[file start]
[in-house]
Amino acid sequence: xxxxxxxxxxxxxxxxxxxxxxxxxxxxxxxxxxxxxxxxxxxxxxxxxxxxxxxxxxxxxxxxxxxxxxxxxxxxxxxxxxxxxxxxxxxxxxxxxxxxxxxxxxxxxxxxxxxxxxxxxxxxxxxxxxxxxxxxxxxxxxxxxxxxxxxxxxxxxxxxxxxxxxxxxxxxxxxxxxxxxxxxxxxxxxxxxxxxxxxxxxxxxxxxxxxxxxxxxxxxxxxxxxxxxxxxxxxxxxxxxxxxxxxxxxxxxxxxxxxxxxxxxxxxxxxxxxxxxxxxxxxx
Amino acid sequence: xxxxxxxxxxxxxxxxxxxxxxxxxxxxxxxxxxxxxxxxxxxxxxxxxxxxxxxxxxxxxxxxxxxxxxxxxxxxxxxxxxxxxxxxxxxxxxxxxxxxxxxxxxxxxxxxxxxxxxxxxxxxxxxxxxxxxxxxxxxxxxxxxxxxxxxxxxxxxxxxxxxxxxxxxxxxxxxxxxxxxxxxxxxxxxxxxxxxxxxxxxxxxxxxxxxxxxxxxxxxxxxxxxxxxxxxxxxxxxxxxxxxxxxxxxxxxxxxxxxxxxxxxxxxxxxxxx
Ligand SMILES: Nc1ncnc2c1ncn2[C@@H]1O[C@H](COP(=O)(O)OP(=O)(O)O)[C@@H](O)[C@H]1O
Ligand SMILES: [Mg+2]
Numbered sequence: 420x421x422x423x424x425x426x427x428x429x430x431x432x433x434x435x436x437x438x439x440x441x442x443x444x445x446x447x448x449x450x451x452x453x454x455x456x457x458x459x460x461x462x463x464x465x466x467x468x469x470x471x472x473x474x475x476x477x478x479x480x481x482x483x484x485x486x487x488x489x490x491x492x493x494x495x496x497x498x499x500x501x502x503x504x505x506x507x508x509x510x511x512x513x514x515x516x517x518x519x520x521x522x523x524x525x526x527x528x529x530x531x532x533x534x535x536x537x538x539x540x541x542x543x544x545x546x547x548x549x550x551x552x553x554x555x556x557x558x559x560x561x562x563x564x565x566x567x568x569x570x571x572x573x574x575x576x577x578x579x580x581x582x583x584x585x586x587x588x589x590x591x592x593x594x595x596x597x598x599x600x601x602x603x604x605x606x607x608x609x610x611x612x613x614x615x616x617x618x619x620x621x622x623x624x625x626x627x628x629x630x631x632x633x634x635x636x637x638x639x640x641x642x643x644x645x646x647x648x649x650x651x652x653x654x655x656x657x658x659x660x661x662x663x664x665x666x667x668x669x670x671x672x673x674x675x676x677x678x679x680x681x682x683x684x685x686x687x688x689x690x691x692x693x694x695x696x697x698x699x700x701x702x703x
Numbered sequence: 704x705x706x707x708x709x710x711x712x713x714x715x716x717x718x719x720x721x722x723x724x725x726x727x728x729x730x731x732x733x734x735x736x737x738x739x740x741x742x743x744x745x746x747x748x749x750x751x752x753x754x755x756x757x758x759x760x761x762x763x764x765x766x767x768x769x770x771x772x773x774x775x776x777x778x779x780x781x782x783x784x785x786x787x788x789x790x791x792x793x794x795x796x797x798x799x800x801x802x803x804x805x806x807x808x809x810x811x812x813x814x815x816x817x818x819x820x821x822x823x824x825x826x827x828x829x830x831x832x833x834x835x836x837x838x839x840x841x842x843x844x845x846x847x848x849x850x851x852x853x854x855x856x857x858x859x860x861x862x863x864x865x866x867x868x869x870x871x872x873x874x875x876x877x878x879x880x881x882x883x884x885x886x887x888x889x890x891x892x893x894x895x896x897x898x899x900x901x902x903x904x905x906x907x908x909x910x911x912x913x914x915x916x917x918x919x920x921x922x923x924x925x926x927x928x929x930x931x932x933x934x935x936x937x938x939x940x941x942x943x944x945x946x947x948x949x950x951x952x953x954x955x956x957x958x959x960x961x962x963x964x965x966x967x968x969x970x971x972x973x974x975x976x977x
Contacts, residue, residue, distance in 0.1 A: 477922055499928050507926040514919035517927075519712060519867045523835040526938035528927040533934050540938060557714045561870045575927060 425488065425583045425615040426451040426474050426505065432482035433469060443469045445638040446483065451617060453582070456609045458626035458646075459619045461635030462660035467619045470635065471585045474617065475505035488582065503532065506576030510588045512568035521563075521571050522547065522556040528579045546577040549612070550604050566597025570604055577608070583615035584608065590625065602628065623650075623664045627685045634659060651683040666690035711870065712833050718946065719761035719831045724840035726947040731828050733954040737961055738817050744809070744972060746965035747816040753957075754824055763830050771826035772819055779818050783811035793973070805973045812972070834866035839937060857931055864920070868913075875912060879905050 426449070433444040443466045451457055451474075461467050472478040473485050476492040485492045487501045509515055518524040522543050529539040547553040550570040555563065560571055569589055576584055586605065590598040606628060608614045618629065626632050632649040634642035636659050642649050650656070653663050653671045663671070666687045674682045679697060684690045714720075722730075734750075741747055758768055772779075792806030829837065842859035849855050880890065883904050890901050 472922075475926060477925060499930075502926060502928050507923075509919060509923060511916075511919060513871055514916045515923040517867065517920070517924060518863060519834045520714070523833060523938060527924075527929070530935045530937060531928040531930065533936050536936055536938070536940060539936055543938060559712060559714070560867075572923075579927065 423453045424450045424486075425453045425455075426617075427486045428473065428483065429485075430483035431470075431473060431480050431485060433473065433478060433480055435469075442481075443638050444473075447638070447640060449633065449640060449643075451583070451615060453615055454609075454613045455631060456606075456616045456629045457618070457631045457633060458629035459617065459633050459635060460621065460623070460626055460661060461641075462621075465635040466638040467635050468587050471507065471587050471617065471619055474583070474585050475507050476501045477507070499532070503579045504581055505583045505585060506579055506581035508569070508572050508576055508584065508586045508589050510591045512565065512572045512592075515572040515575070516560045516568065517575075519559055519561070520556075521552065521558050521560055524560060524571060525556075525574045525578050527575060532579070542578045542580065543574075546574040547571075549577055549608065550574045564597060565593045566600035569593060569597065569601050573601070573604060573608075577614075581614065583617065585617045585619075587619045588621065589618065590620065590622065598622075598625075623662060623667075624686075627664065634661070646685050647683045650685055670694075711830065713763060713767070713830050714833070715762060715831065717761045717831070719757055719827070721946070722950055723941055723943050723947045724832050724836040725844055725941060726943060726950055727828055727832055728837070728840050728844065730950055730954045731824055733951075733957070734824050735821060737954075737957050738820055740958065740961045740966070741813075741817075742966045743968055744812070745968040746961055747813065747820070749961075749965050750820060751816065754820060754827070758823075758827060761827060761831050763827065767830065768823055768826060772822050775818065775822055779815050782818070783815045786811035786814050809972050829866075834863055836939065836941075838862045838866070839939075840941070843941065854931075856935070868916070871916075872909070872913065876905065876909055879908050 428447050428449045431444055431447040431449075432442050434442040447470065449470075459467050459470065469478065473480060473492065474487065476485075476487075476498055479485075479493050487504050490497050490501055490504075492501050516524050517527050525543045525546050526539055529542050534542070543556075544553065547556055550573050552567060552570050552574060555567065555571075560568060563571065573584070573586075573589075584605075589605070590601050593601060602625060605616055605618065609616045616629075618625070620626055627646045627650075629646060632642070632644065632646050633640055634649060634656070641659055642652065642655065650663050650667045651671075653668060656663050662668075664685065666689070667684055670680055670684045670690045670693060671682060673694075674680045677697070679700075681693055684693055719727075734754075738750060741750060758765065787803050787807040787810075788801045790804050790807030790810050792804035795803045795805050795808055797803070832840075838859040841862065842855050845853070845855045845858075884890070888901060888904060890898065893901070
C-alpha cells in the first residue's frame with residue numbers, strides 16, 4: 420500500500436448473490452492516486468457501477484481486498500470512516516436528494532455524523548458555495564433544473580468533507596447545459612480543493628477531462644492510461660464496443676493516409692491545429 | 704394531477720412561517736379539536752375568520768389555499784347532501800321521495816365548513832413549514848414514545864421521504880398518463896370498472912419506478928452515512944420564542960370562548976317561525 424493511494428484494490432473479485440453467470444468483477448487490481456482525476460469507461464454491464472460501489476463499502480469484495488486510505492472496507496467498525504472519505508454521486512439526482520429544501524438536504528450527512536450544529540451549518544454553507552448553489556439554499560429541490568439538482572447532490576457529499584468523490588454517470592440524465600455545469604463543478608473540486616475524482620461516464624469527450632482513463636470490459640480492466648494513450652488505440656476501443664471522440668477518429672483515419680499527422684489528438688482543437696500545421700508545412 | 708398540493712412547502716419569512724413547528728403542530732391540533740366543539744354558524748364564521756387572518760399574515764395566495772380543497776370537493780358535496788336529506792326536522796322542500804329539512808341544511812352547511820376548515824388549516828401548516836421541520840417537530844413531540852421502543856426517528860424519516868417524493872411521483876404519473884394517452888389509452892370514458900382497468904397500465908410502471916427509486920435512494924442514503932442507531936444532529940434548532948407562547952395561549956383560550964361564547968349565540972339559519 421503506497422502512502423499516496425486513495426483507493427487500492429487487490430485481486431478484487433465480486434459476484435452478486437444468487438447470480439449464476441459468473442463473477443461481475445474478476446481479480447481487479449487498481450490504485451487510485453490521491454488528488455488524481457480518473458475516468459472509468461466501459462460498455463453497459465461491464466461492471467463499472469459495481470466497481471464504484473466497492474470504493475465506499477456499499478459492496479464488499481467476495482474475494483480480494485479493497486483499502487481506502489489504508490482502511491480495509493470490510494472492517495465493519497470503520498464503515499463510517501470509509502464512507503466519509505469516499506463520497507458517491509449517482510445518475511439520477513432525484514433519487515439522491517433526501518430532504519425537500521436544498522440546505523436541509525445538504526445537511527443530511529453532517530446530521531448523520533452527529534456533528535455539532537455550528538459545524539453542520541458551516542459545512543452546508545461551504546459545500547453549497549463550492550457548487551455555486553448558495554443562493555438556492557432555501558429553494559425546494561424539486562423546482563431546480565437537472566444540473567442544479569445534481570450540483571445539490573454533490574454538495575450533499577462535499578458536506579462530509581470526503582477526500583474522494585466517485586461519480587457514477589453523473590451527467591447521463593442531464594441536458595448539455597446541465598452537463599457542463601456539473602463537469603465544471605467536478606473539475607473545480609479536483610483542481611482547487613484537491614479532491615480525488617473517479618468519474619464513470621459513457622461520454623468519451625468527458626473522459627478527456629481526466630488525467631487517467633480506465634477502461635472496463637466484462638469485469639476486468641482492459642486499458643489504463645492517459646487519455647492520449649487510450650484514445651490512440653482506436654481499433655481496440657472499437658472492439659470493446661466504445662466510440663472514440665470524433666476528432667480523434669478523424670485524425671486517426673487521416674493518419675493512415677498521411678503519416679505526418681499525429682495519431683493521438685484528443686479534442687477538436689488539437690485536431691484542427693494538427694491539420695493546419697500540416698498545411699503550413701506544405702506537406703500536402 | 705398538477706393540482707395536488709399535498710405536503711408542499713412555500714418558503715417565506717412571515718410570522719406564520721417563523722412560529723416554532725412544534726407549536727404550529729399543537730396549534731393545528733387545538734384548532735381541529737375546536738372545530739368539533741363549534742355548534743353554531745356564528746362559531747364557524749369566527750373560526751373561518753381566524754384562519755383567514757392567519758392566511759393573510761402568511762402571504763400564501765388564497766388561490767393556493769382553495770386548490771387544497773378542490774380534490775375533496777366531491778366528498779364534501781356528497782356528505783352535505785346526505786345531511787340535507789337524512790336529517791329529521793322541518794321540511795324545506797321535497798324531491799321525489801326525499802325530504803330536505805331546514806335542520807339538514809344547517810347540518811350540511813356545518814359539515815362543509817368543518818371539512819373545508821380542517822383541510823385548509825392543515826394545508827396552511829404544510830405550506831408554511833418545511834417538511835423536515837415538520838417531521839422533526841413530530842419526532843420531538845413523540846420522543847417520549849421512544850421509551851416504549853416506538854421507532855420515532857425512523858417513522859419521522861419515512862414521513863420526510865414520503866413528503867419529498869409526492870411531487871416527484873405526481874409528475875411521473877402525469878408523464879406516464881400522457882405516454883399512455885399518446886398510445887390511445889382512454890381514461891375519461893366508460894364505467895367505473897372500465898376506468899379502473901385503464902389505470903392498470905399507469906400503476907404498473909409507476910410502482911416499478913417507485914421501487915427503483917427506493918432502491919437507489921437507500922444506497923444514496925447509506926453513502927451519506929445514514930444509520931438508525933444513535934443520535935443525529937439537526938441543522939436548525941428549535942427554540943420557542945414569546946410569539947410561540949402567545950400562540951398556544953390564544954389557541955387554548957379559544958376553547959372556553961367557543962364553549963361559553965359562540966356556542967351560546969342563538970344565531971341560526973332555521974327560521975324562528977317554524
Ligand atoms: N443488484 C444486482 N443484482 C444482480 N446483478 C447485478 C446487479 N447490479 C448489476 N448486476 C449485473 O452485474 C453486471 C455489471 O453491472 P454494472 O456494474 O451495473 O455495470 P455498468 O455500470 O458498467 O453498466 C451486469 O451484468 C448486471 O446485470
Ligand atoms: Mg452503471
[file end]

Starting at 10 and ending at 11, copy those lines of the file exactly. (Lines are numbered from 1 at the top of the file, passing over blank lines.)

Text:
Ligand atoms: N443488484 C444486482 N443484482 C444482480 N446483478 C447485478 C446487479 N447490479 C448489476 N448486476 C449485473 O452485474 C453486471 C455489471 O453491472 P454494472 O456494474 O451495473 O455495470 P455498468 O455500470 O458498467 O453498466 C451486469 O451484468 C448486471 O446485470
Ligand atoms: Mg452503471